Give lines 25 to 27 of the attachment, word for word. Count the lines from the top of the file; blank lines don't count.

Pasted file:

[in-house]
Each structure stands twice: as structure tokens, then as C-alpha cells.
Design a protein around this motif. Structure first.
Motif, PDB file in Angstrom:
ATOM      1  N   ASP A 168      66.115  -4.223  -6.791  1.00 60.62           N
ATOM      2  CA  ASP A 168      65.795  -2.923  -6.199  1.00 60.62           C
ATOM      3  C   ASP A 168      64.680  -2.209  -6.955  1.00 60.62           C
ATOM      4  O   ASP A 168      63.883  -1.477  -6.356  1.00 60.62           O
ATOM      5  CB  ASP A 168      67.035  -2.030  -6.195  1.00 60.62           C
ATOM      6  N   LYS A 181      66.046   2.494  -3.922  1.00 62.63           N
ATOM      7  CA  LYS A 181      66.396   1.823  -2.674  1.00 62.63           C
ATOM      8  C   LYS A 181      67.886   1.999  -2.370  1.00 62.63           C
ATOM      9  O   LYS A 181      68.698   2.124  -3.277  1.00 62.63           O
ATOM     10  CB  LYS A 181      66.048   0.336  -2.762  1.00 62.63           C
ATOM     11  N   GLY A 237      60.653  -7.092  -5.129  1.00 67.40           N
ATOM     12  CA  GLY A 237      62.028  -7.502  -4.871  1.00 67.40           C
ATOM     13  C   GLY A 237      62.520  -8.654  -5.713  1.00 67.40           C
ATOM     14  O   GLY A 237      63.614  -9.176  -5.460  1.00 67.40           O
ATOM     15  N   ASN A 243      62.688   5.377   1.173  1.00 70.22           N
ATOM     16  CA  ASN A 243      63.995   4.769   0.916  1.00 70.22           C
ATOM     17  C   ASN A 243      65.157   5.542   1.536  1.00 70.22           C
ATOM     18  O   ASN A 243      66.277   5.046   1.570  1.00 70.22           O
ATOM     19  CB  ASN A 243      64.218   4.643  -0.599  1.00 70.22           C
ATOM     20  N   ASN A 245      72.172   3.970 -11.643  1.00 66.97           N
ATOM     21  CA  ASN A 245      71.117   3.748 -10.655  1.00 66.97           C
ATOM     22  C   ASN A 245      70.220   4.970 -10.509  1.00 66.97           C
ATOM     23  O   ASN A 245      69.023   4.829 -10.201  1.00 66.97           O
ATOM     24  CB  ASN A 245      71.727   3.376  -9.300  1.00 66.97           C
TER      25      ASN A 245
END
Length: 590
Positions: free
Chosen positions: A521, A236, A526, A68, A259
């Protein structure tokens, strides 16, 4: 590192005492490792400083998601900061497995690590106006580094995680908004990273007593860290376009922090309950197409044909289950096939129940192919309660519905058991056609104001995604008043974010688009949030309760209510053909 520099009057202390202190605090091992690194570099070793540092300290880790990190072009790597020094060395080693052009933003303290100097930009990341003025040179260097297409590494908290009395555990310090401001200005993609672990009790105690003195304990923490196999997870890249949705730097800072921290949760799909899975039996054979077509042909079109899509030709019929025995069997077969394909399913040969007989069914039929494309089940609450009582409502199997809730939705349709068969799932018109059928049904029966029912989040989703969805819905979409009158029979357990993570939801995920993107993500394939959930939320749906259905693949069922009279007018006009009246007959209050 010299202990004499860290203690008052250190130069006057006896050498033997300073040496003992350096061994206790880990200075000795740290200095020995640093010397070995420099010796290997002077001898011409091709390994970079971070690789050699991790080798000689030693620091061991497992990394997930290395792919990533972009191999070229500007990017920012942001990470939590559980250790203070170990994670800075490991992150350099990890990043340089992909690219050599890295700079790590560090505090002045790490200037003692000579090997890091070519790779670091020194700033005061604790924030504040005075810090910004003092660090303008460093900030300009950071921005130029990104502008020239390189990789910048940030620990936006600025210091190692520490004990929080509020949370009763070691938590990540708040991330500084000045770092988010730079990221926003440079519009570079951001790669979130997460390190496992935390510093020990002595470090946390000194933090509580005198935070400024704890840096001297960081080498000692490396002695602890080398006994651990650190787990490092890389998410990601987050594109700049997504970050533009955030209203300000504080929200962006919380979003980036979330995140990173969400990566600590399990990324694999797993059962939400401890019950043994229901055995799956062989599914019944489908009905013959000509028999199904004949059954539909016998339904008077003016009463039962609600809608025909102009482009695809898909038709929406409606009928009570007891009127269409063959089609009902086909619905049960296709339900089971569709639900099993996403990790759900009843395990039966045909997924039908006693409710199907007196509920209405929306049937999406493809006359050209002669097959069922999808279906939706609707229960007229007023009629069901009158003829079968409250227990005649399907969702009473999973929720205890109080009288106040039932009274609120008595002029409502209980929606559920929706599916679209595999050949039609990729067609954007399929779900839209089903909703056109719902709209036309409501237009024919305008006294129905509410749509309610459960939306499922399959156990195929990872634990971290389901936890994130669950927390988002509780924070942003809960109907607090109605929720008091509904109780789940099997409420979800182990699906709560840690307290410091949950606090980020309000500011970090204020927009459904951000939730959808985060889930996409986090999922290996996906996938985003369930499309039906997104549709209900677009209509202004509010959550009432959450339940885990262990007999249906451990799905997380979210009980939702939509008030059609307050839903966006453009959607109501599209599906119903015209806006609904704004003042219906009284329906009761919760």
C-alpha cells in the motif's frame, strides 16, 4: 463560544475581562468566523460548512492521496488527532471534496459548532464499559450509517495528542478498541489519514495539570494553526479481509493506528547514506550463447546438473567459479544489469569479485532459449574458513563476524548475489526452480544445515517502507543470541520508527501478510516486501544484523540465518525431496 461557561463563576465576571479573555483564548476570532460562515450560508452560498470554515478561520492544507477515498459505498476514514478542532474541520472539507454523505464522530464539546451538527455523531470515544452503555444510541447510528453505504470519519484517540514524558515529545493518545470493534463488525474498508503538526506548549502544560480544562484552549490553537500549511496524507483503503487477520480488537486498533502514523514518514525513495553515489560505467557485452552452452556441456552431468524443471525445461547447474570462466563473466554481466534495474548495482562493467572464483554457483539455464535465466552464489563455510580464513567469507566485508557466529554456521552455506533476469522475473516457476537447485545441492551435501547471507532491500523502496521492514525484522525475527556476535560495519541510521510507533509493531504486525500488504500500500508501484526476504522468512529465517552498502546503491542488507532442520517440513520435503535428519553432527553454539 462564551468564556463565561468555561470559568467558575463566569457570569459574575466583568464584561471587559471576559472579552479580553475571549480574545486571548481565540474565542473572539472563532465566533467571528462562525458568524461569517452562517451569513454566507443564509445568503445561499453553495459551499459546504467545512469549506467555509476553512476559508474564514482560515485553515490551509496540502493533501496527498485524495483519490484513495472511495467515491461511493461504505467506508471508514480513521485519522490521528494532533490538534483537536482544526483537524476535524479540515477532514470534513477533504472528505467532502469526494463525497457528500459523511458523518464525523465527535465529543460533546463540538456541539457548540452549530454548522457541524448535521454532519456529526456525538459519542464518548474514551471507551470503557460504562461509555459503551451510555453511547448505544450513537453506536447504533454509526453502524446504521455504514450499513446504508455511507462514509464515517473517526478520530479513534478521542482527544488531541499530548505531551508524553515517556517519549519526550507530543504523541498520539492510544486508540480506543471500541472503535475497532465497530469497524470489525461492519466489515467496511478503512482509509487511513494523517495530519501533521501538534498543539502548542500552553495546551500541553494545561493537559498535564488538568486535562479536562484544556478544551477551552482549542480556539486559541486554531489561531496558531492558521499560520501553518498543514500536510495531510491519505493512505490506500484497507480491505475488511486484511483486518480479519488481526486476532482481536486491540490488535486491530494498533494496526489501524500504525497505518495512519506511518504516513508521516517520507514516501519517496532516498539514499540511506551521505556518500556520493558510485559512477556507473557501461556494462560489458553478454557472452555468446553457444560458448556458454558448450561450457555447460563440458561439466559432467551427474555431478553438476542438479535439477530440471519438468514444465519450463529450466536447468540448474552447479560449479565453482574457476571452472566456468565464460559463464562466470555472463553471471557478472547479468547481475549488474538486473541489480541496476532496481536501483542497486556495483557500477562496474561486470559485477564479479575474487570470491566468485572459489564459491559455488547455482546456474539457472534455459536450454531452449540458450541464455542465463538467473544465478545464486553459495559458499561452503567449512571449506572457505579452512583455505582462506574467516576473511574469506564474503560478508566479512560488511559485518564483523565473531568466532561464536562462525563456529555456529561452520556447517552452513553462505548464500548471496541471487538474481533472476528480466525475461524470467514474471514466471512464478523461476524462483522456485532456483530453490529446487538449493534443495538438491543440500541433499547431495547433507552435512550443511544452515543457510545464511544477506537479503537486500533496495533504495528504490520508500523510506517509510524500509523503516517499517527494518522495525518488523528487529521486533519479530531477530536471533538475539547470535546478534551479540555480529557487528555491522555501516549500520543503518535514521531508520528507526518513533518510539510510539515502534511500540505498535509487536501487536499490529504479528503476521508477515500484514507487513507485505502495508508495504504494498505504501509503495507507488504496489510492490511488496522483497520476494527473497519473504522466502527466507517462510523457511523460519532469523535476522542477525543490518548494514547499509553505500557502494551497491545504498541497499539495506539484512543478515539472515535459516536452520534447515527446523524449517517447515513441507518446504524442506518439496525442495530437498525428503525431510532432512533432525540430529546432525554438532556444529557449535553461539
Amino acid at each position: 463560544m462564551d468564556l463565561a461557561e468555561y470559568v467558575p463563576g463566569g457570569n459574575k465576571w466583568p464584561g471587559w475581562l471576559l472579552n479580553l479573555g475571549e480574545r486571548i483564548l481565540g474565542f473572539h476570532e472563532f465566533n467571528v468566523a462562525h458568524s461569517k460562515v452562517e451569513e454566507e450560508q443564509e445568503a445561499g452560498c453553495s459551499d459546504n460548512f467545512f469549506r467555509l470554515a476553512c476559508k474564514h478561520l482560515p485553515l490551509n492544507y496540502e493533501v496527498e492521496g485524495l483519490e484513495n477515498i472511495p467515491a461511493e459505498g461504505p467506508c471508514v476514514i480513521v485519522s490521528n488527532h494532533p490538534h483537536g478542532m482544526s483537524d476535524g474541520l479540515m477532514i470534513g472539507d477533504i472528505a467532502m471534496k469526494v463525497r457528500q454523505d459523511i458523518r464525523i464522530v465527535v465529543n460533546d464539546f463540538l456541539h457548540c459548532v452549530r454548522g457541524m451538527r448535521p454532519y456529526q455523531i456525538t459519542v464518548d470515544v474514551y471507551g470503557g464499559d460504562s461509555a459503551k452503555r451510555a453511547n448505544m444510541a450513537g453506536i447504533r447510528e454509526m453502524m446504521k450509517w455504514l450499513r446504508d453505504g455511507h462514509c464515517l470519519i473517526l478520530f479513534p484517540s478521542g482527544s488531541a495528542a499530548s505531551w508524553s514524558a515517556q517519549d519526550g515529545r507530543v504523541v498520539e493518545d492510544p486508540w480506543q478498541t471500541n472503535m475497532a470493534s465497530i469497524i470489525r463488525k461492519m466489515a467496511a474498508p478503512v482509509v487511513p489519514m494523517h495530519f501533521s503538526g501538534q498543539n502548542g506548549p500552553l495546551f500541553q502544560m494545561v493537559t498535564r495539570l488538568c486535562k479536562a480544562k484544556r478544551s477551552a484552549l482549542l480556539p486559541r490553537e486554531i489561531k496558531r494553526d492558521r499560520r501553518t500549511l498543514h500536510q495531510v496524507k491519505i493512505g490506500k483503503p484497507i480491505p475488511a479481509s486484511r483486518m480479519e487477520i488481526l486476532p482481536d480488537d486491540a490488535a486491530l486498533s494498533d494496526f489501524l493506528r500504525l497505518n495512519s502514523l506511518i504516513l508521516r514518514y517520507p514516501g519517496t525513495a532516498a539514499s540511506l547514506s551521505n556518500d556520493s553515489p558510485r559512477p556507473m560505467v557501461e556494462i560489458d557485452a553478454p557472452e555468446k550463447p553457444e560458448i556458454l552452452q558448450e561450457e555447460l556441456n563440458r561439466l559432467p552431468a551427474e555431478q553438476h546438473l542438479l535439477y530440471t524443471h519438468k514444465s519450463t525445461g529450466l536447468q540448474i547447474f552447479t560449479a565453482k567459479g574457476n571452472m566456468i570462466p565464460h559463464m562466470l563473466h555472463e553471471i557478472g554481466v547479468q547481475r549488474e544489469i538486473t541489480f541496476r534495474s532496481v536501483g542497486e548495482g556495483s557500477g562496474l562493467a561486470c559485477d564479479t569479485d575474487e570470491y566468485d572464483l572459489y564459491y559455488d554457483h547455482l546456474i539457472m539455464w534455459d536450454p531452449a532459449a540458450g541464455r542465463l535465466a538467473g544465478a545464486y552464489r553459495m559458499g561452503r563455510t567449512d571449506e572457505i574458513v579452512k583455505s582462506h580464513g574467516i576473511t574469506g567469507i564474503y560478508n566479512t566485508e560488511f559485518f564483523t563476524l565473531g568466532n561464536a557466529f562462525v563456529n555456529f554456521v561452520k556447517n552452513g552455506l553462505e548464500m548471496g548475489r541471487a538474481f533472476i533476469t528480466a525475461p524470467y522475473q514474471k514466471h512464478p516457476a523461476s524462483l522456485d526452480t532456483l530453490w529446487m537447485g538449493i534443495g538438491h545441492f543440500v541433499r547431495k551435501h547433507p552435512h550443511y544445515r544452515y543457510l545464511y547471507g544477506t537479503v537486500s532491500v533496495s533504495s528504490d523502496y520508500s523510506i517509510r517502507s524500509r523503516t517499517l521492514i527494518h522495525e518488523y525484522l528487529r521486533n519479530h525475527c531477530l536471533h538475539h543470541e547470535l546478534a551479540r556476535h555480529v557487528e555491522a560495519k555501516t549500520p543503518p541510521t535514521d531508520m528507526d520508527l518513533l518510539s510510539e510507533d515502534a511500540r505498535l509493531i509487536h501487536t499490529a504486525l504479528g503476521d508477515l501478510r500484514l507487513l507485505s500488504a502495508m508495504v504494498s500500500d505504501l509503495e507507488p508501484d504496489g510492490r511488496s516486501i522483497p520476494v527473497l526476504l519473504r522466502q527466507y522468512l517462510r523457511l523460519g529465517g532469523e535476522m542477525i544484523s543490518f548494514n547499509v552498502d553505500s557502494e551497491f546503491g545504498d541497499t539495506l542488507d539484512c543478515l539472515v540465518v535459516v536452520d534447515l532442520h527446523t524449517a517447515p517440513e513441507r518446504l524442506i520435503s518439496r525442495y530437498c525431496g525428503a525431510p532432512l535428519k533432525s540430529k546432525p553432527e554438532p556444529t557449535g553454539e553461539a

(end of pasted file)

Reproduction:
ATOM     21  CA  ASN A 245      71.117   3.748 -10.655  1.00 66.97           C
ATOM     22  C   ASN A 245      70.220   4.970 -10.509  1.00 66.97           C
ATOM     23  O   ASN A 245      69.023   4.829 -10.201  1.00 66.97           O